And it is within this tragic context, in which we are facing a very serious public health crisis associated with the explicit corrosion of our democratic institutions, that Direitos Já! Forum for Democracy expresses its support to the independence and freedom of action of political parties, national congress, Federal Supreme Court and other State’s civil society’s instances, and brings together, once again, various leaders and their main movements, aiming to strengthen our capacity to reverse these threats through the union of representatives from all political spectrums.
On this International Day of Democracy, we invite all who seek to preserve the civilizing values so hardly won in the 1988 Brazillian Constitution, to get united in all their pluralities, with empathy and openness to dialogue, to build this broad front with us, reaffirming to all Brazilians the urgency of expressing their opposition to yet another authoritarian project that is advancing in the country.
Acts Promoted by Direitos Já!
All seven acts of Direitos Já! Forum for Democracy were very important and add diverse representatives in this construction:
Act I "In Defense of the Democratic Rule of Law". The act at Tuca was attended by 16 parties, 300 civil society organizations, the presence of Dom Cláudio Hummes and Noam Chomsky, a packed theater and hundreds of people watching the widest political act since Diretas Já on the street screen, showing that, yes, the Broad Front was possible.
Act II "In Defense of Freedom of Expression, the Press and the Secular State". With the importance of having been held at the National Congress and having the presence of Glenn Greenwald, it was the event that brought together the largest number of parties, 18.
Act III "In Defense of Life, Social Protection and Democracy". It brought together more than 130 guests in the biggest democratic act ever held by videoconference, with the special participation of Gilberto Gil on his birthday. It was the act with the greatest repercussions of Direitos Já!, occupying all TV news programs on Rede Globo, Globo News and TV Cultura.
Act IV "International Day of Democracy". Political and social leaders from no less than 14 countries participated in the act, including Argentine Nobel Peace Prize Laureate Adolfo Pérez Esquivel.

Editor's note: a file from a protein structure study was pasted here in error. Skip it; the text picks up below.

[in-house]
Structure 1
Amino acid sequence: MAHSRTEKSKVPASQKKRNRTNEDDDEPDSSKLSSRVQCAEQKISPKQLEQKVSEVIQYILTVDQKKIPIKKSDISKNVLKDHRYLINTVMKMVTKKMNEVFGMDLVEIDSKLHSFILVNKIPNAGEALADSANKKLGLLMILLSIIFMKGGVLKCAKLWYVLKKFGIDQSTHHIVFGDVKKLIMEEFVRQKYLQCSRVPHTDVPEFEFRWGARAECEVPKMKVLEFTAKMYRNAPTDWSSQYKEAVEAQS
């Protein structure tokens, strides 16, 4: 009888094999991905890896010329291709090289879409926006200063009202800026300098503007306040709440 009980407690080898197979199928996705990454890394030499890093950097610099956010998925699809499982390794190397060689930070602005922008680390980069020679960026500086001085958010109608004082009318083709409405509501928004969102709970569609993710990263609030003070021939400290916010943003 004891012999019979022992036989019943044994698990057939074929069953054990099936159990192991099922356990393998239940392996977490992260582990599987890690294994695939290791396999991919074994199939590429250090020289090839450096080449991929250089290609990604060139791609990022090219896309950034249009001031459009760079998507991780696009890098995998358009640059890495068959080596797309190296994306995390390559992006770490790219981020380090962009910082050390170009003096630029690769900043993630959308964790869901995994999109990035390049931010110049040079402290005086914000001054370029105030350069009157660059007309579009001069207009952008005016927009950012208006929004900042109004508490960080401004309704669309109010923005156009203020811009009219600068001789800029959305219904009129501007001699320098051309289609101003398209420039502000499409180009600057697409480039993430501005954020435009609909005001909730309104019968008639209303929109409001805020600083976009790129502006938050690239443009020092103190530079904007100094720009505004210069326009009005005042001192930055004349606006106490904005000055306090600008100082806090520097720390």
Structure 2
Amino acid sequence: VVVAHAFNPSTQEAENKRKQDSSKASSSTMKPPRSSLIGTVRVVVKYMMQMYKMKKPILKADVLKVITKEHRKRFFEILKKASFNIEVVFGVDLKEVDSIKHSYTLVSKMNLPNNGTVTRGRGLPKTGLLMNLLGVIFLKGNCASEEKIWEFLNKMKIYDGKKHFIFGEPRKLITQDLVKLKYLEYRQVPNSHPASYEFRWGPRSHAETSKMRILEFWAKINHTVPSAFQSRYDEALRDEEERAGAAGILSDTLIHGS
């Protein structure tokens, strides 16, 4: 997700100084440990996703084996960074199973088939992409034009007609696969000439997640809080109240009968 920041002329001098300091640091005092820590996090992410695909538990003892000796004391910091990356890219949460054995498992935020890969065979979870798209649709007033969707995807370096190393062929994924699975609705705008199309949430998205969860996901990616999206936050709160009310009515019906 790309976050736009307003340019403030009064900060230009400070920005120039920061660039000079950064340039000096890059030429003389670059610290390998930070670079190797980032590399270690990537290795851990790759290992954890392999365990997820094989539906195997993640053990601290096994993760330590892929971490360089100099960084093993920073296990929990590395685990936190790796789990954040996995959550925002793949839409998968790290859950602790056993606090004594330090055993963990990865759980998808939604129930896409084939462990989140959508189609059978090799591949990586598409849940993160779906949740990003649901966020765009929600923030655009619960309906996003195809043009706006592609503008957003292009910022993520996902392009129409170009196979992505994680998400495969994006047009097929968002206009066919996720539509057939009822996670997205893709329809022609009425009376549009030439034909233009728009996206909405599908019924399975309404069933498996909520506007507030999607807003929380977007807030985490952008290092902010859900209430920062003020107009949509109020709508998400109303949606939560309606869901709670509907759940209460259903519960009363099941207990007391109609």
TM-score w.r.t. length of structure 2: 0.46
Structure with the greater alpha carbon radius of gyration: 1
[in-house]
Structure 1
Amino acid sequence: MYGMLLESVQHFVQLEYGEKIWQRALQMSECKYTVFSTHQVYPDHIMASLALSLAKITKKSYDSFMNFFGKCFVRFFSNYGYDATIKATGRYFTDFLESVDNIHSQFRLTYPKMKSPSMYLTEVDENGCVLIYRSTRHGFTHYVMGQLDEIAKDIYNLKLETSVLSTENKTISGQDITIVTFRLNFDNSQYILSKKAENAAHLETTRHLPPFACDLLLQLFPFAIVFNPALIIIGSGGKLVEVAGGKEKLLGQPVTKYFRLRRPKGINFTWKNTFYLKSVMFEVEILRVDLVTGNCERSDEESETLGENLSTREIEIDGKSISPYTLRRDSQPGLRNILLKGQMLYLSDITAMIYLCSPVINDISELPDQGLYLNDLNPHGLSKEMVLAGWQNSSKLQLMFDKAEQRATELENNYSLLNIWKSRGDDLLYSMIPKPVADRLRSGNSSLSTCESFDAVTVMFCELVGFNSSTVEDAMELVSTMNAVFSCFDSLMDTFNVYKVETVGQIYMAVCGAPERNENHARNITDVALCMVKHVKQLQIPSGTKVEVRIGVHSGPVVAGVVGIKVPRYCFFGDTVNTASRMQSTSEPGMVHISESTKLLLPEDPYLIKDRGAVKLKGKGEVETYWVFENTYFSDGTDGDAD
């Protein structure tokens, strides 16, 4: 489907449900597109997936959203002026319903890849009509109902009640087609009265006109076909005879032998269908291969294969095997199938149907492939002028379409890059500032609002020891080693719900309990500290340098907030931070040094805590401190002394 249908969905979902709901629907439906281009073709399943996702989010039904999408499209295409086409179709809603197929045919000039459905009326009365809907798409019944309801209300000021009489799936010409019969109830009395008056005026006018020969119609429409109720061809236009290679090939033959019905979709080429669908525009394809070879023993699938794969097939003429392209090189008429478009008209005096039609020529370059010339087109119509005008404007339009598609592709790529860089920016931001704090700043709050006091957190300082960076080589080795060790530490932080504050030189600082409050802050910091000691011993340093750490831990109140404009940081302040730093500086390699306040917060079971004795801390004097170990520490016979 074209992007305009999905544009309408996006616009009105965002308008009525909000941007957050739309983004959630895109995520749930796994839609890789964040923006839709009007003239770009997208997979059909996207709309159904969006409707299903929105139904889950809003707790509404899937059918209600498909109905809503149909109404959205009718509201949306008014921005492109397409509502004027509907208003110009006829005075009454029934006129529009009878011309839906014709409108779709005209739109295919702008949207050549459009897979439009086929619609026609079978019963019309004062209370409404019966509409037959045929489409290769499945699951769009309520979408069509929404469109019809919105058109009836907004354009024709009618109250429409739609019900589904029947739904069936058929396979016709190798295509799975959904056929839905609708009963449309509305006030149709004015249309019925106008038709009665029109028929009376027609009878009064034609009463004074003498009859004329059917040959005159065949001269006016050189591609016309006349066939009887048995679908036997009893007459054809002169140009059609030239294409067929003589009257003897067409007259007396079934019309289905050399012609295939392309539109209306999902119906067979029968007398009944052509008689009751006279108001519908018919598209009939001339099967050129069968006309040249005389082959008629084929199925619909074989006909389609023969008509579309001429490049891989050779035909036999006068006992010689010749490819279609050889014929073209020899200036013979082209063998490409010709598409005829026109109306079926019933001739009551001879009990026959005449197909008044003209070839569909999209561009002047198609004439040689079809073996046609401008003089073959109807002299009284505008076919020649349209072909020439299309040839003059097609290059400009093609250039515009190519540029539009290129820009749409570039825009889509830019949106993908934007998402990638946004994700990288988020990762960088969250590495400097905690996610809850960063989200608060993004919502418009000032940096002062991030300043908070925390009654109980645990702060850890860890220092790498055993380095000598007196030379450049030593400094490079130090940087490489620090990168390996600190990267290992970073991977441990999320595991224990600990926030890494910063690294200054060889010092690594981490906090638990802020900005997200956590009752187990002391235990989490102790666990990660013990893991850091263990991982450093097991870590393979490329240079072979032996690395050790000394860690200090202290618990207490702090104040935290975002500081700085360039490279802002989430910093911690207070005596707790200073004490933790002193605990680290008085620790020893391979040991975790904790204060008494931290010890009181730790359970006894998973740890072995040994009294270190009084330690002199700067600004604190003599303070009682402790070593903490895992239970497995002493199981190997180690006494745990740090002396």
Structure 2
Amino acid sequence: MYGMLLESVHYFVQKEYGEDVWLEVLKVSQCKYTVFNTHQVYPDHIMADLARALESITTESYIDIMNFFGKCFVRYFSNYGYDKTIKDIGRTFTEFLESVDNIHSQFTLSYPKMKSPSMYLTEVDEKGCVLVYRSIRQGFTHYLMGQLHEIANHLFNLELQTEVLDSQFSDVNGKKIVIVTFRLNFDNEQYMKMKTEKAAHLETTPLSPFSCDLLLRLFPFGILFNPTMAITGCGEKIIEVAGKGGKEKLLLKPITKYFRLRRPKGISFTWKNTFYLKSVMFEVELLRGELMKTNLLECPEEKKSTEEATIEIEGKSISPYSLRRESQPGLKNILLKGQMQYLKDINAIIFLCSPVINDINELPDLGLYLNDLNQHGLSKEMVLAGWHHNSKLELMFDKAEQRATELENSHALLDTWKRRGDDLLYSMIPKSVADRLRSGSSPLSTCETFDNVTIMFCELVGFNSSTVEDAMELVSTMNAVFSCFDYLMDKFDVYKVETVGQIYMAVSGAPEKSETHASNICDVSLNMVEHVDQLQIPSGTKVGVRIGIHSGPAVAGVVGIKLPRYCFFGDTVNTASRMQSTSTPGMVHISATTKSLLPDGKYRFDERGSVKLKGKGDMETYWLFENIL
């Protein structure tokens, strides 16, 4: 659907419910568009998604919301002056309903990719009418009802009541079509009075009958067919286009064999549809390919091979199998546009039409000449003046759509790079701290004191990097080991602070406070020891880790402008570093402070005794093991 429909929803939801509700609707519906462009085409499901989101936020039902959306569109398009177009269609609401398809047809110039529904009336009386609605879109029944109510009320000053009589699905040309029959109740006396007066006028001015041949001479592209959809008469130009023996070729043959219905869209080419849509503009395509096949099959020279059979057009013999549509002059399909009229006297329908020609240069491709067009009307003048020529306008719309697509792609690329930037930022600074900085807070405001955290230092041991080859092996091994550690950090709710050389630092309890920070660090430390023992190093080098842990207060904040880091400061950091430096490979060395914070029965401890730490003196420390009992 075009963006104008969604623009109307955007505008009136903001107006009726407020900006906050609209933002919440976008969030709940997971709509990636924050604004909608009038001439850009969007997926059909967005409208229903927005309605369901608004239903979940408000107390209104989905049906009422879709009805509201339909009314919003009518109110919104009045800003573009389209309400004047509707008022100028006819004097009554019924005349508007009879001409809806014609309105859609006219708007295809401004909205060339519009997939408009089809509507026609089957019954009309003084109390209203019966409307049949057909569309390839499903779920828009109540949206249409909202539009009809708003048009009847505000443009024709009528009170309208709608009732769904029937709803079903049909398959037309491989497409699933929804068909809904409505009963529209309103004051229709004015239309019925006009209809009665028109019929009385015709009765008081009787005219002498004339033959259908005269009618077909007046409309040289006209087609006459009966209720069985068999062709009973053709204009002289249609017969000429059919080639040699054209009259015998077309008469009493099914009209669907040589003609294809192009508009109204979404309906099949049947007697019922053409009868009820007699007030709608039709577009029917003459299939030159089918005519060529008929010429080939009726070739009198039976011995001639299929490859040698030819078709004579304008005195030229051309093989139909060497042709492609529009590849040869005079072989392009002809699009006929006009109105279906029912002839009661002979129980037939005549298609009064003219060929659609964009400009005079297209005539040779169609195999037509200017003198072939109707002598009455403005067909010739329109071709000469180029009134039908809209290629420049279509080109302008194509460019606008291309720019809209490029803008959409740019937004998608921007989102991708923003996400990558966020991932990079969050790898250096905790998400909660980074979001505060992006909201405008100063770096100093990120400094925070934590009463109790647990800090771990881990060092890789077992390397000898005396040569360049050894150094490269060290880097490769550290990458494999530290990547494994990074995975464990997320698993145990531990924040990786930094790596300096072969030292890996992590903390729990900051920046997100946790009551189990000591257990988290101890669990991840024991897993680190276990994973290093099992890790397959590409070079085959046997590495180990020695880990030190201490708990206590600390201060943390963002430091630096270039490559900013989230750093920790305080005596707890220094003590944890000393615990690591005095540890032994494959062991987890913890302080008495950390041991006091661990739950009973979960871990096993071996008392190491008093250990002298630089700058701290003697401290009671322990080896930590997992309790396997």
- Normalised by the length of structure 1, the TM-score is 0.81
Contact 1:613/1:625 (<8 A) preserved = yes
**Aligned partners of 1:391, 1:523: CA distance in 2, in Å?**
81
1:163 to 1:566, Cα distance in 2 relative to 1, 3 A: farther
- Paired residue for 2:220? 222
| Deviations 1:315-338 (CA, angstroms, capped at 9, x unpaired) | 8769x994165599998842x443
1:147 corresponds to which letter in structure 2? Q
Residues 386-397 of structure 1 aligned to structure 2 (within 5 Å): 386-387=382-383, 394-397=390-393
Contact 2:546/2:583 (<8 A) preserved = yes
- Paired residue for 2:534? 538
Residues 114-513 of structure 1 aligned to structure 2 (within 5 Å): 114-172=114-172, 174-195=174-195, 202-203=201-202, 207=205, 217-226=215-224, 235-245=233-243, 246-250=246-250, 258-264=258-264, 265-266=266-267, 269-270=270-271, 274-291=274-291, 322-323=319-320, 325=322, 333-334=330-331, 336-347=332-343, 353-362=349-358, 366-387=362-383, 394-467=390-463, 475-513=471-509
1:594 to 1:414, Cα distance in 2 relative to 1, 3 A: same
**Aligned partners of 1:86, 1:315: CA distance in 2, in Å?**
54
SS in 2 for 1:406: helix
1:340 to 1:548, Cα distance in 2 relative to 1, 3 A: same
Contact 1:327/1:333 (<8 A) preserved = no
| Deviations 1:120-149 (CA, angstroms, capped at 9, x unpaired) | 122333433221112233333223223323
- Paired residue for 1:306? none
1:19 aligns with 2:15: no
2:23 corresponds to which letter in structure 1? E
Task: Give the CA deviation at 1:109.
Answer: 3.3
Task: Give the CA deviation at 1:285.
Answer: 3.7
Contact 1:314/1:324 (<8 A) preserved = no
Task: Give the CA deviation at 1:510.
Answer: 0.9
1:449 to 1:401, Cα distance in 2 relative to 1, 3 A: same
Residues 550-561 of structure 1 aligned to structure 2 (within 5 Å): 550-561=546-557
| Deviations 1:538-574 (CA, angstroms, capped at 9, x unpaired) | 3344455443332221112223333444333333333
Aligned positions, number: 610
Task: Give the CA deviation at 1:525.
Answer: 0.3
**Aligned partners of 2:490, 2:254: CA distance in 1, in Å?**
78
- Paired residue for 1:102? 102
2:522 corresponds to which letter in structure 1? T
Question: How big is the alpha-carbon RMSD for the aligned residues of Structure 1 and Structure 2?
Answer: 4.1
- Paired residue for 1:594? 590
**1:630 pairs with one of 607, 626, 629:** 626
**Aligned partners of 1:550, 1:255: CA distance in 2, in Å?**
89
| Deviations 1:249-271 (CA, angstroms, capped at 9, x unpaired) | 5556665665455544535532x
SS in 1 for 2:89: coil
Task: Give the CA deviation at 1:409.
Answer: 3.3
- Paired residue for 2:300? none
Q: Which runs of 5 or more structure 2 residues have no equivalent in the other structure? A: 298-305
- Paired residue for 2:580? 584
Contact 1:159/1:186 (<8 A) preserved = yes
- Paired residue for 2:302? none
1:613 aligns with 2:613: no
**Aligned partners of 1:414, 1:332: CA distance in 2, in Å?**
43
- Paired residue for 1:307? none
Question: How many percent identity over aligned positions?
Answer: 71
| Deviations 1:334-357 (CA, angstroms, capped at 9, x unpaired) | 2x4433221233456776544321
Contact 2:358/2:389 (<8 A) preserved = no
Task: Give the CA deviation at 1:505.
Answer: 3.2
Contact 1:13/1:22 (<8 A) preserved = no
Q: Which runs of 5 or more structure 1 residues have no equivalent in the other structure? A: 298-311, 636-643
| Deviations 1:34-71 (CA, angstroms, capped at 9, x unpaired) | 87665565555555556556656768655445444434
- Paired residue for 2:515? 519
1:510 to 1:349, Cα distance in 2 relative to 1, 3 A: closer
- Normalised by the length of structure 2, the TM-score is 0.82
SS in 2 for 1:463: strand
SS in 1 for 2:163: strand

Act V "Launching the ‘Embrace the Vaccine’ Campaign". Carried out in partnership with Frente pela Vida and with the participation of the CNBB’s president, Dom Walmor de Oliveira Azevedo, it brought together prominent health professionals, personalities and civil society organizations.
Act VI "In Defense of Emergency Aid". With the participation of Dom Mauro Morelli, it brought together prominent economists, political and society leaders, who presented the proposal for Direitos Já! for Emergency Relief during the Pandemic.
Act VII "For the CPI of the Pandemic - and the insult towards Felipe Neto, for the Freedom of Expression". A necessary act, at the most difficult moment in Brazil's history. With leaders from 14 parties and prominent personalities, it was the one that had the greatest reach on social networks among all the acts, putting pressure on the National Congress.
Who we are?
The Direitos Já! Forum for Democracy is a civil society initiative which, since 2018, has brought together political leaders from all parties in the democratic field and hundreds of social leaders and their organizations in defense of democracy and the fundamental values expressed in the 1988 Citizen Constitution. It arose from the need of an opposition to the authoritarian escalation in Brazil, a political phenomenon that has constantly jeopardized the freedom of citizens, the environment, minorities and tolerance, with evident setbacks in democracy and in the mechanisms for improving popular participation in national political decisions.
Where to find us?
DIREITOS JÁ! FORUM FOR DEMOCRACY